I have schedule my first payroll lecture webinar to kick off the 2021 series.  My first topic is the 2021 Form 941.  The lecture will be held on Wednesday March 24, 2021 starting at 10:00 am Pacific time.  The lecture covers:

  • What’s New for 2021
  • Families First Act: Extension of existing credits into 2021 for Paid Sick Leave and Paid Family Leave
  • CARES Act: Status of  deferring employer’s and employee’s social Security
  • IRS Form 7200: Purpose for the form and how it applies to you in 2021
  • Line by line review of the latest Revised Form 941

Register on my website.  Use coupon code CJYFRQA6 at check out to receive a 10% as one of my blog followers.

The webinar has been submitted to the APA for approval for 1.5 RCHs.

Join us on March 24, 2021 at 10:00 am Pacific for this information-packed webinar

DOL: Change of Administrations…Change of Opinions

The U.S. Department of Labor announced plans on March 11, 2021 to rescind two final rules that would significantly weaken protections afforded to American workers under the Fair Labor Standards Act.

The first Notice of Proposed Rulemaking proposes the withdrawal of the Independent Contractor Final Rule issued by the department on issued on Jan. 7, 2021, for several reasons. They include the following:

  • The rule adopted a new “economic reality” test to determine whether a worker is an employee or an independent contractor under the FLSA.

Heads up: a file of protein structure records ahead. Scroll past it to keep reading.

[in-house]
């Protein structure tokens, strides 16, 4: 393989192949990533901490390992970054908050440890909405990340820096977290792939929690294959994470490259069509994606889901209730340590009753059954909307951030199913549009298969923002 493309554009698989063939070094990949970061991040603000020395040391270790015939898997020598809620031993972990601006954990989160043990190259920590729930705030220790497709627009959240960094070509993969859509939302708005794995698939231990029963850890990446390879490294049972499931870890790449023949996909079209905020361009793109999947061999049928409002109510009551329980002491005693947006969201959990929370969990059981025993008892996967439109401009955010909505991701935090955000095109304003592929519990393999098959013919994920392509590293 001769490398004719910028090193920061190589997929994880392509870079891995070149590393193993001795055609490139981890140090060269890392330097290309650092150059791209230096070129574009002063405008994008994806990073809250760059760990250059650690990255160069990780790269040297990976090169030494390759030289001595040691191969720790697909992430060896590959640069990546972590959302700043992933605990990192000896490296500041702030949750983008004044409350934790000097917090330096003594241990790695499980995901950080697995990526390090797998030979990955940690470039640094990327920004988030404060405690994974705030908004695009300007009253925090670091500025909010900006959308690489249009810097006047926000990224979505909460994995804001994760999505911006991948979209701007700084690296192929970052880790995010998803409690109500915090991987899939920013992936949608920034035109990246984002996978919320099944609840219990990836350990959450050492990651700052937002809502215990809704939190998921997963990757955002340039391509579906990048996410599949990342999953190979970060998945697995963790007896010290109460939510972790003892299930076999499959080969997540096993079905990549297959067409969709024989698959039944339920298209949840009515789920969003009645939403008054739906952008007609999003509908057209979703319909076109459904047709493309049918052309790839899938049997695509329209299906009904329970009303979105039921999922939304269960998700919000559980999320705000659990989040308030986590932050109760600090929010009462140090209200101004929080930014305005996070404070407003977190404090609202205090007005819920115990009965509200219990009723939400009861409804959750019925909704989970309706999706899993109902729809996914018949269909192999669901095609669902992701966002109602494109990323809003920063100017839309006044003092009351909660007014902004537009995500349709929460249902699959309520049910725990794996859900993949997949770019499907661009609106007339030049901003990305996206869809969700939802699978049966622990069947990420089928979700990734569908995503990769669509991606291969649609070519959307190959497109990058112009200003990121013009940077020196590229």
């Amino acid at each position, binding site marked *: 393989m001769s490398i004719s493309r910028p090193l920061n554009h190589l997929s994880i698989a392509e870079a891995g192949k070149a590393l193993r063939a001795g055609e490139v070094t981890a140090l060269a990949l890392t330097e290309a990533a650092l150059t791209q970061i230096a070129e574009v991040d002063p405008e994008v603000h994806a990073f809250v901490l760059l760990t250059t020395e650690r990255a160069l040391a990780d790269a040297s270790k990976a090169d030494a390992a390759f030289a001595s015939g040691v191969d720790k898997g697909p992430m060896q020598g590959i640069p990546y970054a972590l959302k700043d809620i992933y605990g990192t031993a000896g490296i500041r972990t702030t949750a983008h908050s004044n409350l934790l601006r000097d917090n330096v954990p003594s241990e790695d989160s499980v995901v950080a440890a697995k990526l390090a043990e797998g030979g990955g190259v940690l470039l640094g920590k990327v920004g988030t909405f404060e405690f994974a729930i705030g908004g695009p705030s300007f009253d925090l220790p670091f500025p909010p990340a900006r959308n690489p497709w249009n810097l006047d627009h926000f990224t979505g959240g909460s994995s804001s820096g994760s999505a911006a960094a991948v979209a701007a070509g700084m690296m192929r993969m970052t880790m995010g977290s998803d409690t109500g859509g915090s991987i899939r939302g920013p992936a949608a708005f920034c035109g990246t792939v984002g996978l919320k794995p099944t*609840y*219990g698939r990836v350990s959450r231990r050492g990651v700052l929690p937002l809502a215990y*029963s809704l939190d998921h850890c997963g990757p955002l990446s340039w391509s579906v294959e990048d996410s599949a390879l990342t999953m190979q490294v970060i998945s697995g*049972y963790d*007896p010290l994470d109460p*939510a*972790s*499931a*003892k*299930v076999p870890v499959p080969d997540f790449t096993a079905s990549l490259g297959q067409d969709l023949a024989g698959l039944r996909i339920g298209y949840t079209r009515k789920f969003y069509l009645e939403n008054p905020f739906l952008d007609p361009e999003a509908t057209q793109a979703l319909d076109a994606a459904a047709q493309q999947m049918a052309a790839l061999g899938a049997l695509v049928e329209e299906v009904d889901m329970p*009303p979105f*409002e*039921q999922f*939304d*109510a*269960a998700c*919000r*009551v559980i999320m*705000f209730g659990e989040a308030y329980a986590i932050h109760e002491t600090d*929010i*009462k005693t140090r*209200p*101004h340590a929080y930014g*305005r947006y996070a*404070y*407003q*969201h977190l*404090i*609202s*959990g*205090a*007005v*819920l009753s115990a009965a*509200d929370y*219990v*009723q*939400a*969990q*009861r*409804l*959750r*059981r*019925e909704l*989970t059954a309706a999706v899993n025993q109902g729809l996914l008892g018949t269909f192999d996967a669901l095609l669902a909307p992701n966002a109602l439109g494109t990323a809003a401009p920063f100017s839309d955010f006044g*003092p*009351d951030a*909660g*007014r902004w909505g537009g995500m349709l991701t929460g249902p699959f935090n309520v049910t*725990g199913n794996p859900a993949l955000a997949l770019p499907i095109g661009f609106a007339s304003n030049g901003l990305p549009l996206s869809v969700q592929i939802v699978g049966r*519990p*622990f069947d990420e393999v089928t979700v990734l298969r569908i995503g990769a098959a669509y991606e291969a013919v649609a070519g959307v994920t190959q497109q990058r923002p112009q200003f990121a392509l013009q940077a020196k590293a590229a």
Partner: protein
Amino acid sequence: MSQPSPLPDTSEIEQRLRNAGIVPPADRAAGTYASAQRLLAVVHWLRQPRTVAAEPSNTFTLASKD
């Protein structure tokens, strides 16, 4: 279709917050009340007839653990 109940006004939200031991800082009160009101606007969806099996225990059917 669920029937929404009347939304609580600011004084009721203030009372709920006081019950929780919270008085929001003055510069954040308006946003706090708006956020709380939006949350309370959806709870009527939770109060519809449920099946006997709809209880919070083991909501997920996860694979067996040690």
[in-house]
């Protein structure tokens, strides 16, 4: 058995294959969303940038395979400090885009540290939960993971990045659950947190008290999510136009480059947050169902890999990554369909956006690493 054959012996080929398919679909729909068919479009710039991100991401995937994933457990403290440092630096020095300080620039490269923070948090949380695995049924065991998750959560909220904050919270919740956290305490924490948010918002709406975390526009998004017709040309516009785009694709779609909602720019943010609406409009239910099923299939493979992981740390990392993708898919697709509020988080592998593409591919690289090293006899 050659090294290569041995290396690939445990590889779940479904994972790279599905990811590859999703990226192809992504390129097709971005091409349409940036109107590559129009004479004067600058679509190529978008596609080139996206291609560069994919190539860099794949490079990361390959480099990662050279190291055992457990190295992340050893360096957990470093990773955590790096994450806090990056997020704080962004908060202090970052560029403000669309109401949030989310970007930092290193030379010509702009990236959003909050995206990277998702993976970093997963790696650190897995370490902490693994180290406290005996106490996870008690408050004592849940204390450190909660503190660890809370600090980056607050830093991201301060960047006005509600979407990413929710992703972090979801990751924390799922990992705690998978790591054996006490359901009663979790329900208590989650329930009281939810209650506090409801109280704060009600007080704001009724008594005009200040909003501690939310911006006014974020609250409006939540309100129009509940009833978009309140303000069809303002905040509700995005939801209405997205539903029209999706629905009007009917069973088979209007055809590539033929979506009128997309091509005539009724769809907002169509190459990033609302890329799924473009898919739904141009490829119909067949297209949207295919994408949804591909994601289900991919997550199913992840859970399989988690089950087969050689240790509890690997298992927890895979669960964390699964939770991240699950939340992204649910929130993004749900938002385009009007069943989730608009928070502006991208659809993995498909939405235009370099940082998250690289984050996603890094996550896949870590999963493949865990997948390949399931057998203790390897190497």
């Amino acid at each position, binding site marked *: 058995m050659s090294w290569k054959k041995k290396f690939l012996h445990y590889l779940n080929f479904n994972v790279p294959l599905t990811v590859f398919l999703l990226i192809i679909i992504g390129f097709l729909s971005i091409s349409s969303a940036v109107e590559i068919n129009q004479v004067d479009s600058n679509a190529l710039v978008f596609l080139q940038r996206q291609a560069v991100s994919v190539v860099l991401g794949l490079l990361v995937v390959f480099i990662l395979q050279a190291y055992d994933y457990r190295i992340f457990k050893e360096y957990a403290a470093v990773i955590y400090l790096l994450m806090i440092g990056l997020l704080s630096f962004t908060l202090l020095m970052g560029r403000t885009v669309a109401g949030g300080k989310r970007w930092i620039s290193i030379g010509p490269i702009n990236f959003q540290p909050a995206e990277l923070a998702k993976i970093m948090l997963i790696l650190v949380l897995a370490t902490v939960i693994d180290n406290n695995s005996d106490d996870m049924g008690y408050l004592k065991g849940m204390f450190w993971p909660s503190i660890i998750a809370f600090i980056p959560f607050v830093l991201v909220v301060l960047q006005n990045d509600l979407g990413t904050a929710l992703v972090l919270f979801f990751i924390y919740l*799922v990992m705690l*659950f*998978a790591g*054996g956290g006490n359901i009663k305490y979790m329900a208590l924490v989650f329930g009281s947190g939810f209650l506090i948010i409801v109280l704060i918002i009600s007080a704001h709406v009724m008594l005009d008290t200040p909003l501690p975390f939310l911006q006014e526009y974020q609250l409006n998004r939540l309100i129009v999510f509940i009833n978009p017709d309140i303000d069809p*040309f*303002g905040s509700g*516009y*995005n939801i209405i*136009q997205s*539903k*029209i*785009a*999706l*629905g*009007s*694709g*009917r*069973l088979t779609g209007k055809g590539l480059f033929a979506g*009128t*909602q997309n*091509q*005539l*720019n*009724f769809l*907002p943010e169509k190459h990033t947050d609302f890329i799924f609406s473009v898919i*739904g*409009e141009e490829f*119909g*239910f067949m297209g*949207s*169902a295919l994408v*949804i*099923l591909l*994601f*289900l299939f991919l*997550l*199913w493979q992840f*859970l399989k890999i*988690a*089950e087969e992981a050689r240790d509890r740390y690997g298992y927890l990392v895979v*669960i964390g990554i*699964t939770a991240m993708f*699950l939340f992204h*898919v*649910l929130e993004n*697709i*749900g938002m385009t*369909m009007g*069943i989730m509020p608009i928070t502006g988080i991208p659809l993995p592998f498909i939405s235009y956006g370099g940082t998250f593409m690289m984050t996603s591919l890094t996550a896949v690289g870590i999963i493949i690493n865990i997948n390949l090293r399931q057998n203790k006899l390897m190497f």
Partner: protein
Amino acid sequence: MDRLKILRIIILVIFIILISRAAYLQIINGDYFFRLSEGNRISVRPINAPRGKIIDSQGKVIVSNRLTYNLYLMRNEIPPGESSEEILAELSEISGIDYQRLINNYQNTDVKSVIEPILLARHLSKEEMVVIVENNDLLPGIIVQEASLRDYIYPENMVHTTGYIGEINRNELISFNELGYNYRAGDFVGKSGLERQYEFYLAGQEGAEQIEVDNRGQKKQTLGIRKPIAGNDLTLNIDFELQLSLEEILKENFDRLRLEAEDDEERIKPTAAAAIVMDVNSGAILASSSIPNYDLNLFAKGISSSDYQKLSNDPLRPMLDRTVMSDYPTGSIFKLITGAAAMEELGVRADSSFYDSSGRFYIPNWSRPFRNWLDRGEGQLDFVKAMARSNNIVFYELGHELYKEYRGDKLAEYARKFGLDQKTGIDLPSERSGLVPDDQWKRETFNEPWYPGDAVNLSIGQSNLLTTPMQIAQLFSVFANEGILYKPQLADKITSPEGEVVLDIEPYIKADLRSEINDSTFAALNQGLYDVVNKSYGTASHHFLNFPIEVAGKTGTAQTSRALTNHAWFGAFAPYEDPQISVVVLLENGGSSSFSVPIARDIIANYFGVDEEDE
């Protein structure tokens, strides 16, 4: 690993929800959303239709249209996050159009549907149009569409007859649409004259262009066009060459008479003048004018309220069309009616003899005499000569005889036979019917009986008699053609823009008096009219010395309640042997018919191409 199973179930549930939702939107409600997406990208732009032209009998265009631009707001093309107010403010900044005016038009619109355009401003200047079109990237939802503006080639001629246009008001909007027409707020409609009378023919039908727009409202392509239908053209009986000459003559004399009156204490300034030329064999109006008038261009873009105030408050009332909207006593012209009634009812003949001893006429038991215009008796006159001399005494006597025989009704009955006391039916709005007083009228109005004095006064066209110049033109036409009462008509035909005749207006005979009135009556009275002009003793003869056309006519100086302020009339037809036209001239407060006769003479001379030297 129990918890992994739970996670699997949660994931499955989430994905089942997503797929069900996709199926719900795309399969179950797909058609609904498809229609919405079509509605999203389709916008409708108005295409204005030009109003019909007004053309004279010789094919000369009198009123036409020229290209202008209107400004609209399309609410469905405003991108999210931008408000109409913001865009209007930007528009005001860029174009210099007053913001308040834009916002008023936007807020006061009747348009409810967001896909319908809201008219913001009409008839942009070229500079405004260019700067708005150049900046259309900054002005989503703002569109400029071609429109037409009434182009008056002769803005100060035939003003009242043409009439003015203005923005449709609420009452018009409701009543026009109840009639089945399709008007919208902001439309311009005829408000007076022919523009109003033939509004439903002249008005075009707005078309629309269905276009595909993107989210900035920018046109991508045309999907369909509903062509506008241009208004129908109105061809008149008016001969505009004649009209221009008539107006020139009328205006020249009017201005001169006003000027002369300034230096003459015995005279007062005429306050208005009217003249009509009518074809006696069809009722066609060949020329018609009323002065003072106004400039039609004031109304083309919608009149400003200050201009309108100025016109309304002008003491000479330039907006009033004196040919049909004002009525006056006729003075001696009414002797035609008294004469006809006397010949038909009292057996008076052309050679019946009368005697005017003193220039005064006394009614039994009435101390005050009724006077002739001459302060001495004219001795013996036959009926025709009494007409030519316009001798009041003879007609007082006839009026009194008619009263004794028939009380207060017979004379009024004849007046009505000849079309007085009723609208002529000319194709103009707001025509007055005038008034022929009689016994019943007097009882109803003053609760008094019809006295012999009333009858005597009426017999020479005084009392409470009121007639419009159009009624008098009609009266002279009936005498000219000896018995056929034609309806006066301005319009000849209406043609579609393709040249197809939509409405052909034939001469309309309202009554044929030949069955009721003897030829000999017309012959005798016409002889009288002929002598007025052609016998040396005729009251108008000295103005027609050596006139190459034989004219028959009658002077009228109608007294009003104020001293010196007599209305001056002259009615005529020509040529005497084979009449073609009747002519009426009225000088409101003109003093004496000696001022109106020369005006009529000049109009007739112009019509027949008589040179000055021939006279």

• Courts and the department have not used the new economic reality test, and FLSA text or longstanding case law does not support the test.
  • The rule would narrow or minimize other factors considered by courts traditionally; making the economic test less likely to establish that a worker is an employee under the FLSA.

Among its provisions, the FLSA requires covered employers to pay employees at least the federal minimum wage for every hour worked and overtime premium pay of at least one and one-half times their regular rate of pay for every hour worked over 40 in a workweek. An independent contractor has no FLSA protections.

The second Notice of Proposed Rulemaking seeks to rescind a current regulation on joint employer relationships under the Fair Labor Standards Act, published in the Federal Register and which took effect on March 16, 2020. In February 2020, 17 states and the District of Columbia filed a lawsuit in the U.S. District Court for the Southern District of New York against the department, arguing that the Joint Employer Rule violated the Administrative Procedure Act. The court vacated the majority of the Joint Employer Rule on Sept. 8, 2020, stating that the rule was contrary to the FLSA and was “arbitrary and capricious” due to its failure to explain why the department had deviated from all prior guidance or consider the effect of the rule on workers.

The department invites comments from the public on both proposed rules at www.regulations.gov. The comment periods end on April 12, 2021.

Anyone who submits a comment (including duplicate comments) should understand and expect that the comment, including any personal information provided, will become a matter of public record. The division will post comments without change at www.regulations.gov and include any personal information provided. The division posts comments gathered and submitted by a third-party organization as a group, using a single document ID number at the site.

More information about the proposed rules is available at https://www.dol.gov/agencies/whd/flsa/2021-independent-contractor and at https://www.dol.gov/agencies/whd/flsa/2020-joint-employment.

 

Register for my first lecture of 2021.  I am starting with the 2021 Form 941 on Wednesday, March 24th at 10:00 am Pacific.  Use coupon code CJYFRQA6 at checkout to receive a 10% discount.